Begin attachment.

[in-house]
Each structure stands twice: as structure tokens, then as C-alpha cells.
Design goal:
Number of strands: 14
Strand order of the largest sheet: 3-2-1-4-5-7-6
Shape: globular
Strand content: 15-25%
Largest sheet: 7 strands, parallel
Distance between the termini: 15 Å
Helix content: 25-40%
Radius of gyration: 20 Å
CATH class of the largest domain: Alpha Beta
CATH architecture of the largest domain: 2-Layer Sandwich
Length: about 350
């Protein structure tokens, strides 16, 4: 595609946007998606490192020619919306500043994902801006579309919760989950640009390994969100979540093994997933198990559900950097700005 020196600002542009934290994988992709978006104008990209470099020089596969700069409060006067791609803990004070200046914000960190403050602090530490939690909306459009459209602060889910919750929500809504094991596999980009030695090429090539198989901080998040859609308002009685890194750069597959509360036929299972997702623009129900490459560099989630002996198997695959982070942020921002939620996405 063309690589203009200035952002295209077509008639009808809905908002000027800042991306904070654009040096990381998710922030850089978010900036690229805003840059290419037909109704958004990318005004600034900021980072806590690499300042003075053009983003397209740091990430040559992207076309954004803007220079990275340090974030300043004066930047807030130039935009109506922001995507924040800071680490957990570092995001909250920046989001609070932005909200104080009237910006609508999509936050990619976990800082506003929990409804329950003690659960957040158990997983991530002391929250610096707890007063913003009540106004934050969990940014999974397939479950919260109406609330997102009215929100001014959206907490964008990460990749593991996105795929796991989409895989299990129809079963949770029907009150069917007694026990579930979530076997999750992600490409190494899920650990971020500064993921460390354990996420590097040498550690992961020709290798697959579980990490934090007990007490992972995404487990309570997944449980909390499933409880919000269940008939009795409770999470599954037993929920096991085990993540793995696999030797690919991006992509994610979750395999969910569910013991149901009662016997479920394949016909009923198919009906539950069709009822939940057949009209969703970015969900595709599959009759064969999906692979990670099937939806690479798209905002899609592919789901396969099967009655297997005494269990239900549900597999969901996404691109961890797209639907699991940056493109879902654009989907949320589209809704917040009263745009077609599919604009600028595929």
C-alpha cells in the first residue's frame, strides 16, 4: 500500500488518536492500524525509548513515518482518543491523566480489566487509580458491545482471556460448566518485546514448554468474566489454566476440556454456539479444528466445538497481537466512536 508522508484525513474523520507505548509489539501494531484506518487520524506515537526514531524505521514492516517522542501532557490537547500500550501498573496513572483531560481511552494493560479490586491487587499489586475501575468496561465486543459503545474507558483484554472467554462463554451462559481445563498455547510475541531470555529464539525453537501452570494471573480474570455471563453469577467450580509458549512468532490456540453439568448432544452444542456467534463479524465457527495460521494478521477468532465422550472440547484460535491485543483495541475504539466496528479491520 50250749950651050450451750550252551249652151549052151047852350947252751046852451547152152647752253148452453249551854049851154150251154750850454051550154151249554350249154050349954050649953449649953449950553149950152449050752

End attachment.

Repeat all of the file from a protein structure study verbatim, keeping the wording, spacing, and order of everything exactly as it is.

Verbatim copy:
[in-house]
Each structure stands twice: as structure tokens, then as C-alpha cells.
Design goal:
Number of strands: 14
Strand order of the largest sheet: 3-2-1-4-5-7-6
Shape: globular
Strand content: 15-25%
Largest sheet: 7 strands, parallel
Distance between the termini: 15 Å
Helix content: 25-40%
Radius of gyration: 20 Å
CATH class of the largest domain: Alpha Beta
CATH architecture of the largest domain: 2-Layer Sandwich
Length: about 350
């Protein structure tokens, strides 16, 4: 595609946007998606490192020619919306500043994902801006579309919760989950640009390994969100979540093994997933198990559900950097700005 020196600002542009934290994988992709978006104008990209470099020089596969700069409060006067791609803990004070200046914000960190403050602090530490939690909306459009459209602060889910919750929500809504094991596999980009030695090429090539198989901080998040859609308002009685890194750069597959509360036929299972997702623009129900490459560099989630002996198997695959982070942020921002939620996405 063309690589203009200035952002295209077509008639009808809905908002000027800042991306904070654009040096990381998710922030850089978010900036690229805003840059290419037909109704958004990318005004600034900021980072806590690499300042003075053009983003397209740091990430040559992207076309954004803007220079990275340090974030300043004066930047807030130039935009109506922001995507924040800071680490957990570092995001909250920046989001609070932005909200104080009237910006609508999509936050990619976990800082506003929990409804329950003690659960957040158990997983991530002391929250610096707890007063913003009540106004934050969990940014999974397939479950919260109406609330997102009215929100001014959206907490964008990460990749593991996105795929796991989409895989299990129809079963949770029907009150069917007694026990579930979530076997999750992600490409190494899920650990971020500064993921460390354990996420590097040498550690992961020709290798697959579980990490934090007990007490992972995404487990309570997944449980909390499933409880919000269940008939009795409770999470599954037993929920096991085990993540793995696999030797690919991006992509994610979750395999969910569910013991149901009662016997479920394949016909009923198919009906539950069709009822939940057949009209969703970015969900595709599959009759064969999906692979990670099937939806690479798209905002899609592919789901396969099967009655297997005494269990239900549900597999969901996404691109961890797209639907699991940056493109879902654009989907949320589209809704917040009263745009077609599919604009600028595929």
C-alpha cells in the first residue's frame, strides 16, 4: 500500500488518536492500524525509548513515518482518543491523566480489566487509580458491545482471556460448566518485546514448554468474566489454566476440556454456539479444528466445538497481537466512536 508522508484525513474523520507505548509489539501494531484506518487520524506515537526514531524505521514492516517522542501532557490537547500500550501498573496513572483531560481511552494493560479490586491487587499489586475501575468496561465486543459503545474507558483484554472467554462463554451462559481445563498455547510475541531470555529464539525453537501452570494471573480474570455471563453469577467450580509458549512468532490456540453439568448432544452444542456467534463479524465457527495460521494478521477468532465422550472440547484460535491485543483495541475504539466496528479491520 50250749950651050450451750550252551249652151549052151047852350947252751046852451547152152647752253148452453249551854049851154150251154750850454051550154151249554350249154050349954050649953449649953449950553149950152449050752